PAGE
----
The daughters of former Vice President Dick Cheney are clashing over same-sex marriage, with the elder sister, running for the Republican Senate primary in Wyoming, facing criticism from her younger sister and her wife for supporting traditional marriage.
"I was watching my sister-in-law on Fox News Sunday (yes Liz, in fifteen states and the District of Columbia you are my sister-in-law) and was very disappointed to hear her say 'I do believe in the traditional definition of marriage,'" wrote in a Facebook post Heather Poe, the same-sex partner of Mary Cheney, with whom she has two children.
"Liz has been a guest in our home, has spent time and shared holidays with our children, and when Mary and I got married in 2012 - she didn't hesitate to tell us how happy she was for us," Poe continued.
"To have her now say she doesn't support our right to marry is offensive to say the least. I can't help but wonder how Liz would feel if as she moved from state to state, she discovered that her family was protected in one but not the other. I always thought freedom meant freedom for everyone."
Liz Cheney had explained her support for traditional marriage on several talk shows on Sunday, insisting that she loves her sister and her family very much, but "this is just an issue on which we disagree."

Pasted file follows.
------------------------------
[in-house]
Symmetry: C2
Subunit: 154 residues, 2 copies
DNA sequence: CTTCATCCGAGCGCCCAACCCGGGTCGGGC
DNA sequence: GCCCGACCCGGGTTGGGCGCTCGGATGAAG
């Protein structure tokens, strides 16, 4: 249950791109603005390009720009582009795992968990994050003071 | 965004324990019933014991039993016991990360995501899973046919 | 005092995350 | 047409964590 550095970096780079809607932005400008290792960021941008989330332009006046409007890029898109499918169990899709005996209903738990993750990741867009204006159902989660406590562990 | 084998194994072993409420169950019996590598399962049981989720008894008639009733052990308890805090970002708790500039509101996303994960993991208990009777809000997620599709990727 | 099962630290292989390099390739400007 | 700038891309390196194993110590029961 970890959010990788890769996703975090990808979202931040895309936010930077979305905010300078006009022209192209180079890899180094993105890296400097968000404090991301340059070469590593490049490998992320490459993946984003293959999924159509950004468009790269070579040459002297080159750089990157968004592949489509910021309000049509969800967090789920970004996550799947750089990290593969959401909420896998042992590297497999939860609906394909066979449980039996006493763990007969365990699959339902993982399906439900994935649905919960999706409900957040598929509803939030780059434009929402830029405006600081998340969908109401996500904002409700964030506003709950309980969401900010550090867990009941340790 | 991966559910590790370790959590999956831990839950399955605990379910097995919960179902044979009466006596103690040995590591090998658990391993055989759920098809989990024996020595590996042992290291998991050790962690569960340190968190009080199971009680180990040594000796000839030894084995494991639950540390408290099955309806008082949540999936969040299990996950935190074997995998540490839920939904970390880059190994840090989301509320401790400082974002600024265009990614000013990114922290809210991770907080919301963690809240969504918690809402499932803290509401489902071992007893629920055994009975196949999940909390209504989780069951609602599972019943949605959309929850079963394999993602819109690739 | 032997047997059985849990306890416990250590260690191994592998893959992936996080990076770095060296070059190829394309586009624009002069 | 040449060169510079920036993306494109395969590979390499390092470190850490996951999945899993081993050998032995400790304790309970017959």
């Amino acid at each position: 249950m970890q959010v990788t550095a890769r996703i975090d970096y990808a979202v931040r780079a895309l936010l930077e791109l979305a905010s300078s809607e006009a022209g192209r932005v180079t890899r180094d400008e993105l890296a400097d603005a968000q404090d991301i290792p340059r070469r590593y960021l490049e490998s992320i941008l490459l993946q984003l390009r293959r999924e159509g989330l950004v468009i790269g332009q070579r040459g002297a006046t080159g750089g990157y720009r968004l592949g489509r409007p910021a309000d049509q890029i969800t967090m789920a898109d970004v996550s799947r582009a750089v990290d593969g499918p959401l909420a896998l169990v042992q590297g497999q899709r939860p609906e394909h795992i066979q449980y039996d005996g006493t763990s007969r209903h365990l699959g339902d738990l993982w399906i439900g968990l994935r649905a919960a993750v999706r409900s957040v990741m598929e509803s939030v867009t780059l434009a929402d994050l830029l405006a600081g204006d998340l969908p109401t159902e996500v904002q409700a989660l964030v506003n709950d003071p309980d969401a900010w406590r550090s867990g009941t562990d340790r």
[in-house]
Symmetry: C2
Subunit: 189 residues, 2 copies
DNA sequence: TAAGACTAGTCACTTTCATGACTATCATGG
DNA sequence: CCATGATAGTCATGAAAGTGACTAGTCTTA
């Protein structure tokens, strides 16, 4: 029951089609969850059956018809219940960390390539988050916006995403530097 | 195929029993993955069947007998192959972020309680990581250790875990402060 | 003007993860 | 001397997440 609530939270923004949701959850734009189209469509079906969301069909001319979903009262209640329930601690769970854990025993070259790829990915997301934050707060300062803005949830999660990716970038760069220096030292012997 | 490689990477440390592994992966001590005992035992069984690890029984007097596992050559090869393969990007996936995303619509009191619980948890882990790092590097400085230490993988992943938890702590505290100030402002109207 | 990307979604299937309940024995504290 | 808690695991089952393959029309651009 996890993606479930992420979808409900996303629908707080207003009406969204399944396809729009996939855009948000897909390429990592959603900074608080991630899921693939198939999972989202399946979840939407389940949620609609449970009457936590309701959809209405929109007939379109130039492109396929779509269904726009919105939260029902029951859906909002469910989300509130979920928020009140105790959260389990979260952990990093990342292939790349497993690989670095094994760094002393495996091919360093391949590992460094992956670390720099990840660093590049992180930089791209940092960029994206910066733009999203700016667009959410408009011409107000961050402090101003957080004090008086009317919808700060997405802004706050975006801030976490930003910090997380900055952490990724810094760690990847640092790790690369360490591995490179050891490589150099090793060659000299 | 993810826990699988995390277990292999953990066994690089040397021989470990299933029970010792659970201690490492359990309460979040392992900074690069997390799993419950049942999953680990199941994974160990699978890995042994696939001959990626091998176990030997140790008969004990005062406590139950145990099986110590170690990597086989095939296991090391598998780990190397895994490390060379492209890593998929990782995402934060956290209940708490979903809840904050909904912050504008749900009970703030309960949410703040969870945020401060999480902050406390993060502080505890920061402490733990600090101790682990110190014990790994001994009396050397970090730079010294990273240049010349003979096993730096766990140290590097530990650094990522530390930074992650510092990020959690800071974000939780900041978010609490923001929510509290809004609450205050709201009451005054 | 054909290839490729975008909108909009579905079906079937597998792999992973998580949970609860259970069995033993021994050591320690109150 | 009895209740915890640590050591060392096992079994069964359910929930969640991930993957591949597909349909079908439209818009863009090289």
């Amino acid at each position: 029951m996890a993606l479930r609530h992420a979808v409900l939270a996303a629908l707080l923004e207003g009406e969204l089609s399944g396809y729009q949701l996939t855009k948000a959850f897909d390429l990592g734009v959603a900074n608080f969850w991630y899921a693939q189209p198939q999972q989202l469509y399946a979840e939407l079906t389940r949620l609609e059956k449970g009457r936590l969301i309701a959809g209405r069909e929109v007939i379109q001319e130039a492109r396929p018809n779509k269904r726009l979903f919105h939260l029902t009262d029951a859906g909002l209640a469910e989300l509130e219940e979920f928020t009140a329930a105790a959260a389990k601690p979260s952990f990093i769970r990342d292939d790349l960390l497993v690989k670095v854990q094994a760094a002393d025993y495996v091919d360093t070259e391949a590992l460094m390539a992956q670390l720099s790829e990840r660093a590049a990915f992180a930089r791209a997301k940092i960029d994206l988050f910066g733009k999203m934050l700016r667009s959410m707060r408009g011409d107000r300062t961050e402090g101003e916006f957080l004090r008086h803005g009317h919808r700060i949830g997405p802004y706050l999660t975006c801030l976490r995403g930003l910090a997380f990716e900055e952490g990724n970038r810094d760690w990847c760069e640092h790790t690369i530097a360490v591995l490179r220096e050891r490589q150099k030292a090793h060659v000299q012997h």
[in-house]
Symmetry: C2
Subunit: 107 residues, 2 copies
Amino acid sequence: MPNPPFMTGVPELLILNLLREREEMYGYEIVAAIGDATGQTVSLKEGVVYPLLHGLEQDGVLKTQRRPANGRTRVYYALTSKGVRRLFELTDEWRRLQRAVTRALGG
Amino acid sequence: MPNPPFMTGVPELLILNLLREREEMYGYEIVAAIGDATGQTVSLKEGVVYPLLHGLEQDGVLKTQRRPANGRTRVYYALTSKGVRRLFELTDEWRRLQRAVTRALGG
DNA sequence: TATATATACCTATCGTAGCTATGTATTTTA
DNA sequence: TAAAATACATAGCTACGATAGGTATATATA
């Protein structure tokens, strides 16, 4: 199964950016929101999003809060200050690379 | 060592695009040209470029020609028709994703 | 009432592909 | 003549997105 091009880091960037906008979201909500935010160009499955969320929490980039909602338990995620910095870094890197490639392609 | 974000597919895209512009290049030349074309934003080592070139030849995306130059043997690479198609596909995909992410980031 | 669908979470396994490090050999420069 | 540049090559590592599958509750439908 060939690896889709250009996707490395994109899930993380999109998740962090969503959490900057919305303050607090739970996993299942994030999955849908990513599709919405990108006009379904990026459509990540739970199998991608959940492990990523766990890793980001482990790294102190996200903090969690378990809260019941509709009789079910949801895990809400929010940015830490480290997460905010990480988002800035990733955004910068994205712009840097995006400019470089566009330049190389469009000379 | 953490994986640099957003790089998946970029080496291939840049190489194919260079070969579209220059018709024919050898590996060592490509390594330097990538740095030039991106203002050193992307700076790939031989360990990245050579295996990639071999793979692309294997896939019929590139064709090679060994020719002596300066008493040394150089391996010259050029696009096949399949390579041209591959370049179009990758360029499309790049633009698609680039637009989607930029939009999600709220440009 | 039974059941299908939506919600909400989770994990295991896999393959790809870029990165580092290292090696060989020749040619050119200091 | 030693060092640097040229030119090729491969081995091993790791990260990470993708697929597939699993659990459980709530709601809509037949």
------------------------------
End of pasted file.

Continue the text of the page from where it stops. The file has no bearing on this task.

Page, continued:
The younger sister agreed with her wife's Facebook post, however, and added in a separate note directly addressing the Republican Senate hopeful: "This isn't just an issue on which we disagree, you're just wrong - and on the wrong side of history."
Liz Cheney has been criticized in some conservative circles for having a soft stance on gay marriage, but she has repeatedly clarified that she supports traditional marriage.
"I am strongly pro-life and I am not pro-gay marriage," Liz Cheney said in a statement to The Daily Caller in August. "I believe the issue of marriage must be decided by the states, and by the people in the states, not by judges and not even by legislators, but by the people themselves."
In July 2012, Dick Cheney admitted that he has long supported his younger daughter and same-sex marriage, but did not reveal his position during the 2000 presidential campaign because he feared it could have harmed former President George W. Bush's chances of winning.
"As many of you know, one of my daughters is gay and it is something we have lived with for a long time in our family. I think people ought to be free to enter into any kind of union they wish. Any kind of arrangement they wish. The question of whether or not there ought to be a federal statute to protect this, I don't support. I do believe that historically the way marriage has been regulated is at the state level. It has always been a state issue and I think that is the way it ought to be handled today, on a state-by-state basis. Different states will make different decisions. But I don't have any problem with that. I think people ought to get a shot at that," Cheney said at the National Press Club in Washington, D.C. in June 2009.